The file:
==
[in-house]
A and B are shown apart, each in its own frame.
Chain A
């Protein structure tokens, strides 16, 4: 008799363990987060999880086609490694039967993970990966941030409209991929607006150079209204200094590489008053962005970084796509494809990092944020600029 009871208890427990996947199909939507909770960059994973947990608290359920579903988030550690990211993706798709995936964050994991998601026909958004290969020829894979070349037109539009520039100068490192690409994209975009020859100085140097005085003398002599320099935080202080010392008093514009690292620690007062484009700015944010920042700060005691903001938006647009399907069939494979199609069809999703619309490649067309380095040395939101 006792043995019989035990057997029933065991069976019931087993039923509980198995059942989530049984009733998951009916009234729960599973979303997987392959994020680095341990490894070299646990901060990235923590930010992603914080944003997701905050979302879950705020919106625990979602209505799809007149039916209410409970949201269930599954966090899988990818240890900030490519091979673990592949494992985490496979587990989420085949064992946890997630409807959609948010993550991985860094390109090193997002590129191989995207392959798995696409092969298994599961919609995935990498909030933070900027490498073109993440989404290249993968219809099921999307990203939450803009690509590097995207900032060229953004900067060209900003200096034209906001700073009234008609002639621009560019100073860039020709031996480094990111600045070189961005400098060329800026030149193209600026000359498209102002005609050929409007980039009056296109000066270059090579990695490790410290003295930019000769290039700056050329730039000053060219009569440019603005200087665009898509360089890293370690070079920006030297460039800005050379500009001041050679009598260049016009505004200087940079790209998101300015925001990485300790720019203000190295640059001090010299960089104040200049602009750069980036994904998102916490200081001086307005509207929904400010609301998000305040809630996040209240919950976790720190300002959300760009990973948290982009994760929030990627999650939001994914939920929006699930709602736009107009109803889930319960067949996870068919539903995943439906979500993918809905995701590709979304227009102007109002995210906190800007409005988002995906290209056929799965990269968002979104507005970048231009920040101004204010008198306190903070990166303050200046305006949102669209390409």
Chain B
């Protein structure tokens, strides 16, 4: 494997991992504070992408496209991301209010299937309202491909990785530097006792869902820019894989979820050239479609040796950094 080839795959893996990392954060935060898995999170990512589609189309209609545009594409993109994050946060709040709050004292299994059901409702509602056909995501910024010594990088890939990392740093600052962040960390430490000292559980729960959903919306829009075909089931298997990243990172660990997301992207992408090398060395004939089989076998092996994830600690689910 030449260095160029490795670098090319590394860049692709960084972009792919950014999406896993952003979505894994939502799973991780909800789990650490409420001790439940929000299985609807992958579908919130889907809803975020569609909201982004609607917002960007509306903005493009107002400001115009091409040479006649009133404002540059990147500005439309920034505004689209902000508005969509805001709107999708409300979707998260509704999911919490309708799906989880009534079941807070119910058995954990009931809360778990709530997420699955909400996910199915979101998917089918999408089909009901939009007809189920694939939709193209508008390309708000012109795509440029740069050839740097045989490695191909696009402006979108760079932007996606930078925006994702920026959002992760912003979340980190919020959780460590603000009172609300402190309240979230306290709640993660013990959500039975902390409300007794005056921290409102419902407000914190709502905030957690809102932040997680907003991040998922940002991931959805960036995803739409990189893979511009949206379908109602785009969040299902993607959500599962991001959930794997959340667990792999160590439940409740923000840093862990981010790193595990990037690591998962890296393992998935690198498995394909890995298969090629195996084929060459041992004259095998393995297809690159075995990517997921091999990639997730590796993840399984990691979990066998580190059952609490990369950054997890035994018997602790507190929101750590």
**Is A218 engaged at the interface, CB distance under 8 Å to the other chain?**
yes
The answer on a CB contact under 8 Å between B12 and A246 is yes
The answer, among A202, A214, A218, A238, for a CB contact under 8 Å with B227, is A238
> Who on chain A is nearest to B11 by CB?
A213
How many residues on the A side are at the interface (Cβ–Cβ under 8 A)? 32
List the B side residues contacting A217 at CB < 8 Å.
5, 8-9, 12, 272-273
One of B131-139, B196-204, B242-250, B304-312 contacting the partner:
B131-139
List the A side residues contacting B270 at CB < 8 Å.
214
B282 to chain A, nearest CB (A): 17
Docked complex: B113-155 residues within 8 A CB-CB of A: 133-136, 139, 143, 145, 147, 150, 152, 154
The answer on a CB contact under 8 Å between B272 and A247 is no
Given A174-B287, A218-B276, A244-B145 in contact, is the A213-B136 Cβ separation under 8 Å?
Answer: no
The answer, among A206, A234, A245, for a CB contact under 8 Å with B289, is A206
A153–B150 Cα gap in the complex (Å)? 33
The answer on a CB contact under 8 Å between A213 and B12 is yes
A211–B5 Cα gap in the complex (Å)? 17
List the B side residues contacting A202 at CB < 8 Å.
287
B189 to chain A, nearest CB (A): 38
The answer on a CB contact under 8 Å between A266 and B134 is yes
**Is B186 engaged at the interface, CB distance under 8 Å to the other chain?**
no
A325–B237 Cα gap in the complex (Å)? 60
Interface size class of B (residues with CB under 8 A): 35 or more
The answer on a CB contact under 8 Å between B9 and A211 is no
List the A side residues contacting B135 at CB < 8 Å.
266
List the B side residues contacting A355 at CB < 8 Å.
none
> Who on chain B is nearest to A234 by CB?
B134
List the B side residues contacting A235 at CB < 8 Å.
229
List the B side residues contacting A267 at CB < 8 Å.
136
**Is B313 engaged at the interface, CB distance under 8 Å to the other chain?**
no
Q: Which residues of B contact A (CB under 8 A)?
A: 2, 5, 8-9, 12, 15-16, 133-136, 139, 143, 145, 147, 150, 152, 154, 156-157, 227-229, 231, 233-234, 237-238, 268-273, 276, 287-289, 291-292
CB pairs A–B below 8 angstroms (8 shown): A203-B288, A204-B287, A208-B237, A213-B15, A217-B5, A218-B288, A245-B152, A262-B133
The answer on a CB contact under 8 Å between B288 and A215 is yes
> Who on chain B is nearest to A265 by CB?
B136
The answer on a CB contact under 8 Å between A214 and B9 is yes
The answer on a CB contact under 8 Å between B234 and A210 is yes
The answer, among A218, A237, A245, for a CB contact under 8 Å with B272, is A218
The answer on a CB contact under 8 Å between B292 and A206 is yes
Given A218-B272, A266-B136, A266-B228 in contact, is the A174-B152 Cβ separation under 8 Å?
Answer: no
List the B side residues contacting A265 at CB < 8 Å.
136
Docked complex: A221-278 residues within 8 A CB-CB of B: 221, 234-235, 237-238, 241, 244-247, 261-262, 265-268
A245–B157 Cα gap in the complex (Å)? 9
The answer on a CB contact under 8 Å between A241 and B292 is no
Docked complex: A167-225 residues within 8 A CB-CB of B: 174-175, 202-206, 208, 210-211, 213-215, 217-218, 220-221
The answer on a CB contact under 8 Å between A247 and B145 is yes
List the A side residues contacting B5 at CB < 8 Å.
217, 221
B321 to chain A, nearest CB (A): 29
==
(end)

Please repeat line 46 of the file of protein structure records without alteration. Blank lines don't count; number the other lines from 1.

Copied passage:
List the B side residues contacting A267 at CB < 8 Å.